Updated: H&M Statement, 4:15 p.m. ET
In response to FN’s request for comment, a spokesperson for H&M provided the following statement:
“We have a good and close partnership with all our landlords across our markets. Many understand the challenging situation we are facing and have chosen to cooperate with us during this extraordinary period. We always value our partnerships with the landlords and will continue to develop sustainable solutions that are suitable to both parties with the intention to handle this period in the best way possible.”
More from Footwear News
What We Reported Earlier, 11 a.m. ET
H&M has been hit with a lawsuit by its landlord after failing to pay rent on its New York City flagship.
According to a complaint filed in New York state court by Herald Center Department Stores of New York LLC. on June 2, H&M has missed $4,220,788.54 in base rent and other charges on its store in New York’s Herald Square. The landlord is seeking to recover the roughly $4.2 million as well as for H&M to cover attorneys’ fees.
H&M skipped rent payments while dealing with the fallout from the coronavirus — one of several changes the retailer made to cut costs. H&M announced in late March that it had taken “several measures” to reduce costs in the areas of buying, investments, rents and staffing in light of the coronavirus crisis. As one of those measures, H&M furloughed a portion of its workforce in the United States, while stores in some of its biggest markets — also including Germany and the United Kingdom — remained closed as a result of the coronavirus pandemic. In April, the fast-fashion chain announced it had secured a 980 million-euro, or $1.1 billion, revolving credit facility to help cushion its business amid the health crisis. The company also has an undrawn facility worth 700 million euros, or $760 million, which it signed in 2017 and is set to mature in 2024.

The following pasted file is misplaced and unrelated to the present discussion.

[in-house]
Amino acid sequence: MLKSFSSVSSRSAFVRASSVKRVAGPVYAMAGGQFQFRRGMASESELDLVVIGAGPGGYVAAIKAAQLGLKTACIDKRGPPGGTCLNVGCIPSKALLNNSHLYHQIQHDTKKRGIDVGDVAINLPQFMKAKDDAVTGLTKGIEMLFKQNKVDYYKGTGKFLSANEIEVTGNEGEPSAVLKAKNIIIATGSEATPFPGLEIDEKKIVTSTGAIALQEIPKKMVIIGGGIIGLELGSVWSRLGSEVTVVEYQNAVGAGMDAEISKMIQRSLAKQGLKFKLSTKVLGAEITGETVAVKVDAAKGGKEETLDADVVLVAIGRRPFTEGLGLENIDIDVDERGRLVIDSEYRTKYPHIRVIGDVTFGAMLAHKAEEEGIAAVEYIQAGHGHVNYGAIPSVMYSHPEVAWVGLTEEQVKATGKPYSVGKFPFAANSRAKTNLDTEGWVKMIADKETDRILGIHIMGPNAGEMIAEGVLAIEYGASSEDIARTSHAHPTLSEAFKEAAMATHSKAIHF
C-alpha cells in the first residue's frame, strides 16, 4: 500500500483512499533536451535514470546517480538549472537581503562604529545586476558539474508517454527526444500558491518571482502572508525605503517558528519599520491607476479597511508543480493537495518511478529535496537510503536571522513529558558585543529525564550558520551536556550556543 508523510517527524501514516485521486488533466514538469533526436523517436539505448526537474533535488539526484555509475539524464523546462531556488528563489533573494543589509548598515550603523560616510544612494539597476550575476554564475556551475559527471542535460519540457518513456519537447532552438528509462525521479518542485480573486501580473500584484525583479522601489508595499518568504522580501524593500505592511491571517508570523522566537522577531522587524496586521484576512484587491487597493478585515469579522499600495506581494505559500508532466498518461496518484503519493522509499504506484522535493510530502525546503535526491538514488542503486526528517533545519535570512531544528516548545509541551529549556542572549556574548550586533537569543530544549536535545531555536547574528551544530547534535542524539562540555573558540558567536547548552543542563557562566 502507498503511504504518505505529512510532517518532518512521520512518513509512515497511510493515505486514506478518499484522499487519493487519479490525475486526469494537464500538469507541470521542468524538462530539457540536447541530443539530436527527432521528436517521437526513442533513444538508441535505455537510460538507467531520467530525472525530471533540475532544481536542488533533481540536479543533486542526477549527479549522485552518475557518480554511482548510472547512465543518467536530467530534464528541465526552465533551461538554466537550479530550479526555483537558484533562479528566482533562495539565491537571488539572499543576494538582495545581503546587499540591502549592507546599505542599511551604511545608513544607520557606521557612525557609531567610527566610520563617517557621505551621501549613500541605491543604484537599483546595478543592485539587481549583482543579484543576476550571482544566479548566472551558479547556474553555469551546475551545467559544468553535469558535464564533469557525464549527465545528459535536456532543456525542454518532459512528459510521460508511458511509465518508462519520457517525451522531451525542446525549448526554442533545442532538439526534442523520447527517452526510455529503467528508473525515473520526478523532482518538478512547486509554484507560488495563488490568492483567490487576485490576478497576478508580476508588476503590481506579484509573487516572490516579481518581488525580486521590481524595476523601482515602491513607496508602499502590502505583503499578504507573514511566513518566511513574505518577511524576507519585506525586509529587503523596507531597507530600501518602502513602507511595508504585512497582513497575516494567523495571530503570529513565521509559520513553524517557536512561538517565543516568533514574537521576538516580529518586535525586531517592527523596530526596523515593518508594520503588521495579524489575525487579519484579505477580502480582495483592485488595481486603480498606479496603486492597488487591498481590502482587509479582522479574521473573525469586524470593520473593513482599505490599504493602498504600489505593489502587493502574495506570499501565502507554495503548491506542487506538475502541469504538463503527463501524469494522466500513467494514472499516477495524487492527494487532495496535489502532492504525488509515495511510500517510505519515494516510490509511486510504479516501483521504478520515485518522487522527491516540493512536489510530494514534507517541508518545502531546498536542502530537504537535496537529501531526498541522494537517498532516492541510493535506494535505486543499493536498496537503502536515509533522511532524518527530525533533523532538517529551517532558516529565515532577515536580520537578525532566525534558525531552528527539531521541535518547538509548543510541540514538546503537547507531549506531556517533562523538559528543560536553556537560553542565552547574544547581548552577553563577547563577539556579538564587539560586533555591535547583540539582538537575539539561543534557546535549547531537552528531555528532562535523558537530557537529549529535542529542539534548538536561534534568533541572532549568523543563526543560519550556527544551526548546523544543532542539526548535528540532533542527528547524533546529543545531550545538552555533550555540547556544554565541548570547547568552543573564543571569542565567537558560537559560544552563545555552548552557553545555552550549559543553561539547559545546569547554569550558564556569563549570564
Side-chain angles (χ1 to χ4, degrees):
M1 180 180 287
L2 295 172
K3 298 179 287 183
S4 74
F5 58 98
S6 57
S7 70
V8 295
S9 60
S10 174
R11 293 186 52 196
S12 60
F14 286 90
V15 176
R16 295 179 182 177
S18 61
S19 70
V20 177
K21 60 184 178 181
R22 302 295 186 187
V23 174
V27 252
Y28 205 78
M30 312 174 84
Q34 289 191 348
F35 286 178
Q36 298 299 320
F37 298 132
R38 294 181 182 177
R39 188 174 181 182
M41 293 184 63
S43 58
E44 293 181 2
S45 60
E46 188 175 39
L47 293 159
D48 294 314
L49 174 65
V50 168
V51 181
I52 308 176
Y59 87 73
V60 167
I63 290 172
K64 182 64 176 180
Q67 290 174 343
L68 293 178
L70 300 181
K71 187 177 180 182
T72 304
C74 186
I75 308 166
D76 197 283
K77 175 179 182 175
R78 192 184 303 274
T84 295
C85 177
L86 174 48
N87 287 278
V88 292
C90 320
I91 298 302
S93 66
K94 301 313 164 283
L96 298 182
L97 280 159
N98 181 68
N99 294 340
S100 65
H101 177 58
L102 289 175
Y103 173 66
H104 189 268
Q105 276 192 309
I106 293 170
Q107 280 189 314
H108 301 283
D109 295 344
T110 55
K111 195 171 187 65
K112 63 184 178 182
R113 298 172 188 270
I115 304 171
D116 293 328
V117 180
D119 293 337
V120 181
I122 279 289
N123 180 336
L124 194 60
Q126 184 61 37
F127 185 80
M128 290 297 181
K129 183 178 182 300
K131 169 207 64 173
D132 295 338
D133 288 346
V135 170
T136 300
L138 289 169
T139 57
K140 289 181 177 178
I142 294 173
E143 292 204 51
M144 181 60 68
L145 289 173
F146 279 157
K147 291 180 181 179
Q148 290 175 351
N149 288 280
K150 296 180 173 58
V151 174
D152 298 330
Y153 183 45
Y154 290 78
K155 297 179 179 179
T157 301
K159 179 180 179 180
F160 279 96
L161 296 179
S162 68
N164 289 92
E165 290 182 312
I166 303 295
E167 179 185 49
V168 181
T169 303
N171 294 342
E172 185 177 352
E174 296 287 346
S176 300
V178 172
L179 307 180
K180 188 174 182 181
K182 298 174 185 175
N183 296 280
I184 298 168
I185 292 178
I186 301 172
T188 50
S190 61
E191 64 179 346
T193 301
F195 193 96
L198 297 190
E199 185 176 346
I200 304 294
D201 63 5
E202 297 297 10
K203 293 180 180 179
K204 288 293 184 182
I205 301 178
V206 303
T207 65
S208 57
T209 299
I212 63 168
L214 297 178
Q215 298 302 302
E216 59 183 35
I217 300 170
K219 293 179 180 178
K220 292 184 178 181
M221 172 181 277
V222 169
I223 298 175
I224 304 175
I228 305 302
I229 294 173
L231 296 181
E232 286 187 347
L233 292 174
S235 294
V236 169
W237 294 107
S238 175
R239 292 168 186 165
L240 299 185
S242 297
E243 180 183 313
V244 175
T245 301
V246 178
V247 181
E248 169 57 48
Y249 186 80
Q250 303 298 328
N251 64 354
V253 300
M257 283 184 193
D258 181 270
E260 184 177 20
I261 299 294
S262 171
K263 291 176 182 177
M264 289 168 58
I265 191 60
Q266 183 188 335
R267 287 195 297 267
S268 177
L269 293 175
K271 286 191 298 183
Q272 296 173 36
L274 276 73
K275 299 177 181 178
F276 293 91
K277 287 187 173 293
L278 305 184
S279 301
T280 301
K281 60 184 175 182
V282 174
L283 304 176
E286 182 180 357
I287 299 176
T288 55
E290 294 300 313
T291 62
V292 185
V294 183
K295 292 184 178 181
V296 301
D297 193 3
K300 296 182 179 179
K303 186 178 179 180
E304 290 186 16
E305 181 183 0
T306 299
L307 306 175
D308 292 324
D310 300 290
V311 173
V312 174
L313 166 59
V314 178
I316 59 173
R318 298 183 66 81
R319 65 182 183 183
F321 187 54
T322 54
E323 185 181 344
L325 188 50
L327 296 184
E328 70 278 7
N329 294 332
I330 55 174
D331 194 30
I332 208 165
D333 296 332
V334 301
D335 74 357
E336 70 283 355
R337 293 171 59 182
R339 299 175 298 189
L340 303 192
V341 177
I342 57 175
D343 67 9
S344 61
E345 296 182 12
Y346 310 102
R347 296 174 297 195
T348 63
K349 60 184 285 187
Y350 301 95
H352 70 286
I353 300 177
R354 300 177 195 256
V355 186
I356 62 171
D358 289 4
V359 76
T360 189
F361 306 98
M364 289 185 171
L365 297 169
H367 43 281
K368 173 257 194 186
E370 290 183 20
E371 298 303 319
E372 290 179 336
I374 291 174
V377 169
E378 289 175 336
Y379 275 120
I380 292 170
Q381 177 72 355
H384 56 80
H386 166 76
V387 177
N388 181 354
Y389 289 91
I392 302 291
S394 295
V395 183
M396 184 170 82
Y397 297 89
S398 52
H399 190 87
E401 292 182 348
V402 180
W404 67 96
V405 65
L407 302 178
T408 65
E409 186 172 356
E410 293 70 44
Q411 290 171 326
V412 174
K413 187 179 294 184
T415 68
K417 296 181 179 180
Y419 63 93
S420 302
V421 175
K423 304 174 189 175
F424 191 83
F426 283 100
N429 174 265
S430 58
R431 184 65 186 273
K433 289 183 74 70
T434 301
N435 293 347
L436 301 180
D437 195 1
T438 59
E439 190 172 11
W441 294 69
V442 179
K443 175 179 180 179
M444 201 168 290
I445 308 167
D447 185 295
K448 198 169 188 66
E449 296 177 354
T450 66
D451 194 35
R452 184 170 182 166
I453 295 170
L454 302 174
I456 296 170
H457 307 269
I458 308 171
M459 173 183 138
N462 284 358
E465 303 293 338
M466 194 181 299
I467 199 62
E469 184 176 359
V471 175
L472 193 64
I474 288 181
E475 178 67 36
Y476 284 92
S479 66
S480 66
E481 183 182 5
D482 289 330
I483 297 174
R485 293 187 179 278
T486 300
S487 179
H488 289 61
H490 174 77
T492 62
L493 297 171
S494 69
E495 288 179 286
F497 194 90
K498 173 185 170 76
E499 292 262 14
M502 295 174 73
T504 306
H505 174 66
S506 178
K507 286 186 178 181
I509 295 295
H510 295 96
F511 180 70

A number of other retailers, such as Urban Outfitters Inc., Nordstrom and Burlington Stores, also missed rent payments while stores were shut during the coronavirus pandemic. And H&M is not the only company being sued over failure to pay rent.
Just this week Gap Inc. was sued by Simon Property Group for nearly $66 million in skipped payments. The apparel and accessories chain was also sued last month by a New York City landlord for skipping fixed rent and other payments worth $530,334.39. Additionally, Palm Springs Mile Associates Ltd. sued Ross Stores Inc. in Florida district court in May, accusing the off-price chain of owing $5.5 million in back rent on three stores. Also last month, the NBA was sued in New York district court for owing roughly $1.25 million after missing two months of rent, plus additional charges, on its Midtown Manhattan flagship.